You’re under a deadline, the pressure is on, and your web search isn’t turning up anything useful—how frustrating. As a paralegal, the ability to research quickly and effectively is essential. With the ease and availability of the internet, it is no wonder why most of us turn to internet search engines to do at least our preliminary research. Here are some helpful tips to try next time you pull up your favorite search engine. Keep in mind, you can combine these tips.
1) Search within a specific site
When you know the site that you want to search, using the search tool [site:URL ] and the [ phase ] that you are looking for will help find the information much more quickly.
Example: site:www.irs.gov tax transcript
2) Search a specific site TYPE
When you don’t know the exact site that you want to search, but do know the type of site you can use the [ site:gov ] and your [ phase ] tool. This is really helpful for sites that have specific purposes like organizations (org), government sites (gov), and education sites (edu).
Example: site:gov financial aid
Common site types: com, org, gov, edu
3) Narrow down your results to include a specific file type
If you are looking for a document, then the best tool to use is [ filetype:pdf ] and [ phase ]. This will bring up only those results that are the same file type as what you indicated. This is particularly useful in searching for government forms, such as IRS W-4 forms or USCIS I-40.
Example: filetype:pdf w-4
Common file types: pdf, doc, docx, xls, xlsx, ppt, pptx, rft
4) Find related sites
To find a site that is similar to one that you already have you can use [ related:URL ]. This tool is especially useful in finding companies that offer the same or similar legal services or when you are researching the different paralegal associations in your area.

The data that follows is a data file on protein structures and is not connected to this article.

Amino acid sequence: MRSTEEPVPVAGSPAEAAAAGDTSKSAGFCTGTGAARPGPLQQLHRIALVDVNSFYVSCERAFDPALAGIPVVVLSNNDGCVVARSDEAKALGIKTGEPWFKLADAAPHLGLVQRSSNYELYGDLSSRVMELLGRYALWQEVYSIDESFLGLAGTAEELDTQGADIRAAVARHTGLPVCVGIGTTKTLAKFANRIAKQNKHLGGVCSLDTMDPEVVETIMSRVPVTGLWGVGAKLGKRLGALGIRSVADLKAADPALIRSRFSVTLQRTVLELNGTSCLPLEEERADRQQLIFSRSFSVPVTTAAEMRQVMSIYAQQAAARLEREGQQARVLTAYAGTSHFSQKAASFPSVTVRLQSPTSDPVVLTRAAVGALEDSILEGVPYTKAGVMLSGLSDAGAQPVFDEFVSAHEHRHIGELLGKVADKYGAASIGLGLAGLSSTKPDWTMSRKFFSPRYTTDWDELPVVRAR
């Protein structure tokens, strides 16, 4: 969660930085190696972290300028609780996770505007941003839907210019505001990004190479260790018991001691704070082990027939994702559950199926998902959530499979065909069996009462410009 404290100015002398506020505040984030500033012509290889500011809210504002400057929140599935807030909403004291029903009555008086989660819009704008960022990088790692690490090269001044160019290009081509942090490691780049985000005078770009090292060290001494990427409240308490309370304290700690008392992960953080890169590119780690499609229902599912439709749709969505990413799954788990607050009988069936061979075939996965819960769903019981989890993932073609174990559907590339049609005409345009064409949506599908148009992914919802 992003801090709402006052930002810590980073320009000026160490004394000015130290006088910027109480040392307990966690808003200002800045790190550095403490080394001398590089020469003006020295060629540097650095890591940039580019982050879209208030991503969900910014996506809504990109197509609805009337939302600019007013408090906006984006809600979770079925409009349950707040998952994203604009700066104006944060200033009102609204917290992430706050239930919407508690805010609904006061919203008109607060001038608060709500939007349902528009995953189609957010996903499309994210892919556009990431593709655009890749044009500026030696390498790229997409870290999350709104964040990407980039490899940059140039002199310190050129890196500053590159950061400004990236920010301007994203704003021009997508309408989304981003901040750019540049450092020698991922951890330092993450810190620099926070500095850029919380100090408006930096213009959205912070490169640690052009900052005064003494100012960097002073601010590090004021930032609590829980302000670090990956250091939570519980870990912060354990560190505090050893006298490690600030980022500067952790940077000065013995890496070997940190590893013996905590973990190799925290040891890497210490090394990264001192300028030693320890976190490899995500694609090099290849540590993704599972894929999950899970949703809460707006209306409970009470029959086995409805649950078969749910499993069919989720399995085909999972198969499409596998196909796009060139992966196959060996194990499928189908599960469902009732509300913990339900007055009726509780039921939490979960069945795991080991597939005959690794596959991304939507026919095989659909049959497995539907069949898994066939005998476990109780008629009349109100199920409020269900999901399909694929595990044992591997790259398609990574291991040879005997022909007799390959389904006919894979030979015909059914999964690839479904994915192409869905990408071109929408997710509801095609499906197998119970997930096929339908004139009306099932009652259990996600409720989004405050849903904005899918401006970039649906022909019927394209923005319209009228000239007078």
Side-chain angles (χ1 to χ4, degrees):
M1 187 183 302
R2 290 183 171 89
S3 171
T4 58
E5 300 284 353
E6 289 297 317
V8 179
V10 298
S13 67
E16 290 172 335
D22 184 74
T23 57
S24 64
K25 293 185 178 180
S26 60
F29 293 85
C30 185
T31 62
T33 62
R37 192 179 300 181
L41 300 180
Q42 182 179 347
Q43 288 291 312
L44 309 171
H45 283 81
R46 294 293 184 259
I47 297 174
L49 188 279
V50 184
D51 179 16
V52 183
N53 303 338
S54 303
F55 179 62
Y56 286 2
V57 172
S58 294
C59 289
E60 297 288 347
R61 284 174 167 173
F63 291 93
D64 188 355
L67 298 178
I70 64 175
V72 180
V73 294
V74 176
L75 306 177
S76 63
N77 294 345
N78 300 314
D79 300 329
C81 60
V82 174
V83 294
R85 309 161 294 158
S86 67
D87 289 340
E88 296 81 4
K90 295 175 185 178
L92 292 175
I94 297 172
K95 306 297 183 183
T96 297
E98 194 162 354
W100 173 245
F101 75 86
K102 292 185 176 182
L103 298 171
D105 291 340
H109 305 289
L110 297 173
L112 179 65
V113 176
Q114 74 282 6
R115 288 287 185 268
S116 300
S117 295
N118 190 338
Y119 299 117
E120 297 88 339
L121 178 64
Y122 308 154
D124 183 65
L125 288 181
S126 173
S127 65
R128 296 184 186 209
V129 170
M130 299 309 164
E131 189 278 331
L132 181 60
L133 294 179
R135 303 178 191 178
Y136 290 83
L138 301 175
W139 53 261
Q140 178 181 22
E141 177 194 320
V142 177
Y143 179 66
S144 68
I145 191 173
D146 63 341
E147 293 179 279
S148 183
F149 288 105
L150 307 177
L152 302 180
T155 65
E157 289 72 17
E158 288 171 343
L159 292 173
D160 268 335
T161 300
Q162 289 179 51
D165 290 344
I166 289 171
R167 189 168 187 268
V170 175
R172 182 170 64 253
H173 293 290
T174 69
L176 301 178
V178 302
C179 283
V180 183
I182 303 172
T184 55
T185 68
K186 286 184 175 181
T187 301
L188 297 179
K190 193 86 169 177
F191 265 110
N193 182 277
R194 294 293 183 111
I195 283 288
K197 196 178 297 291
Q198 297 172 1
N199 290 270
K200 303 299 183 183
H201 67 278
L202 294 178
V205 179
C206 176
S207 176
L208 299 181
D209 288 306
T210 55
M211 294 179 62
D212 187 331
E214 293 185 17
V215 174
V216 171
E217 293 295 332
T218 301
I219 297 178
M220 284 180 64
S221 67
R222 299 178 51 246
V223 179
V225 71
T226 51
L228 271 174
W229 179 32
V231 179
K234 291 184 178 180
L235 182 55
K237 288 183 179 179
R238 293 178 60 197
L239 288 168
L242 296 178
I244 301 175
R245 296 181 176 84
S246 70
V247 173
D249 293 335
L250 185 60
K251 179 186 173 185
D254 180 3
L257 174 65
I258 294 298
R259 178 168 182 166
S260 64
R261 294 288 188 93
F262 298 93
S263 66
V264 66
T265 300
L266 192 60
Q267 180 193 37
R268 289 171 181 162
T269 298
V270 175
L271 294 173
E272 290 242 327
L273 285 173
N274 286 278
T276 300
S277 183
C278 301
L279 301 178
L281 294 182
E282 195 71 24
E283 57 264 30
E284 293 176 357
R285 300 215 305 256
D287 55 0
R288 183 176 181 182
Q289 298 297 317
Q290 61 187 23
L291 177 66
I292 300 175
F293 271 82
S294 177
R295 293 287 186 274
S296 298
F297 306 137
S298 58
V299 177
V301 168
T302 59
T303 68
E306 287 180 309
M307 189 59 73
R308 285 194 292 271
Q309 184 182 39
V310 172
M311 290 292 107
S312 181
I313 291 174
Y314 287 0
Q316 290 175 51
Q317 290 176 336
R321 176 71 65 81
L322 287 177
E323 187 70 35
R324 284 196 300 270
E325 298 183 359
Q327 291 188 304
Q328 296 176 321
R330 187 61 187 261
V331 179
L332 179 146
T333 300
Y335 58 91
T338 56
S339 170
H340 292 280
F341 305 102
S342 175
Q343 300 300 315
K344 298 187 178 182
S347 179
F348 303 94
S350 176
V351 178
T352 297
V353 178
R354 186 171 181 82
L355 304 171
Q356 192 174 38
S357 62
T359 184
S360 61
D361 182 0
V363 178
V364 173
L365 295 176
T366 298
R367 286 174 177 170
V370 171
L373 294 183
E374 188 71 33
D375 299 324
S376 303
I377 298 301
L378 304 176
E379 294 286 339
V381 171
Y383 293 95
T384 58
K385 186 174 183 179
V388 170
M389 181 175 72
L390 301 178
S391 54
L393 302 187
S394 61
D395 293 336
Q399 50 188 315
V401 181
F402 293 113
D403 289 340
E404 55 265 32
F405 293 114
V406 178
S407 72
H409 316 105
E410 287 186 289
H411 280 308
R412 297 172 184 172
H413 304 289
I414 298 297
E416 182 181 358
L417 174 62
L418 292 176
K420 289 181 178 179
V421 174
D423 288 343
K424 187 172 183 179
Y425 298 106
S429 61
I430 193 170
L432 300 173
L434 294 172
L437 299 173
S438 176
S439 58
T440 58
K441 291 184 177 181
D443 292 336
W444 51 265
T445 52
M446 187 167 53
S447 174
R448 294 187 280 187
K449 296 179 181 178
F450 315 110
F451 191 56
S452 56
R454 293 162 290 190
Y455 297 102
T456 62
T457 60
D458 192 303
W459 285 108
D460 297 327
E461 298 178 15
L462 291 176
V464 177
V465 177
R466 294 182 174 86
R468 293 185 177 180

5) Find sites that link to a specific URL
When you want to search sites that link to a specific URL use: [ link:URL ].
6) Exclude terms, sites, or file types
You can also limit your results by excluding words, sites or file types by using the minus key [ - ]. This is particularly useful for dates.
Example: Stock Market Crash -1929
7) Search for an exact phrase
When you know the exact phrase that you are looking for you can use quotation marks [ “ ” ]. This is useful when you know a specific phrase in a document you are trying to find.
Example: "We the people of the United States, in order to form a more perfect union"
8) Search for terms that are similar to your phrase
When your original search doesn’t return the number of results that you expected, you can expand your search to include similar phrases by using the tilde [ ~ ] sign.
9) Unknown word search
You can use the asterisk key [ * ] for any unknown words in your search.
Example: “* is the mother of invention”
10) Either or phrase
Use [ OR ] between two words to bring up results that contain either word or phrase. This allows you to increase the number of results that your search will bring back.
Example: Paralegal OR Legal Assistant Certification
Next time you sit down to do some research, keep these tips in mind and make your searches more productive. If you have any additional research tips, then please leave a comment below.
Sarah Casey is an experienced paralegal and Office Manager at Center for Advanced Legal Studies. Please add any additional research tips you may want to share below and contact us at 800-446-6931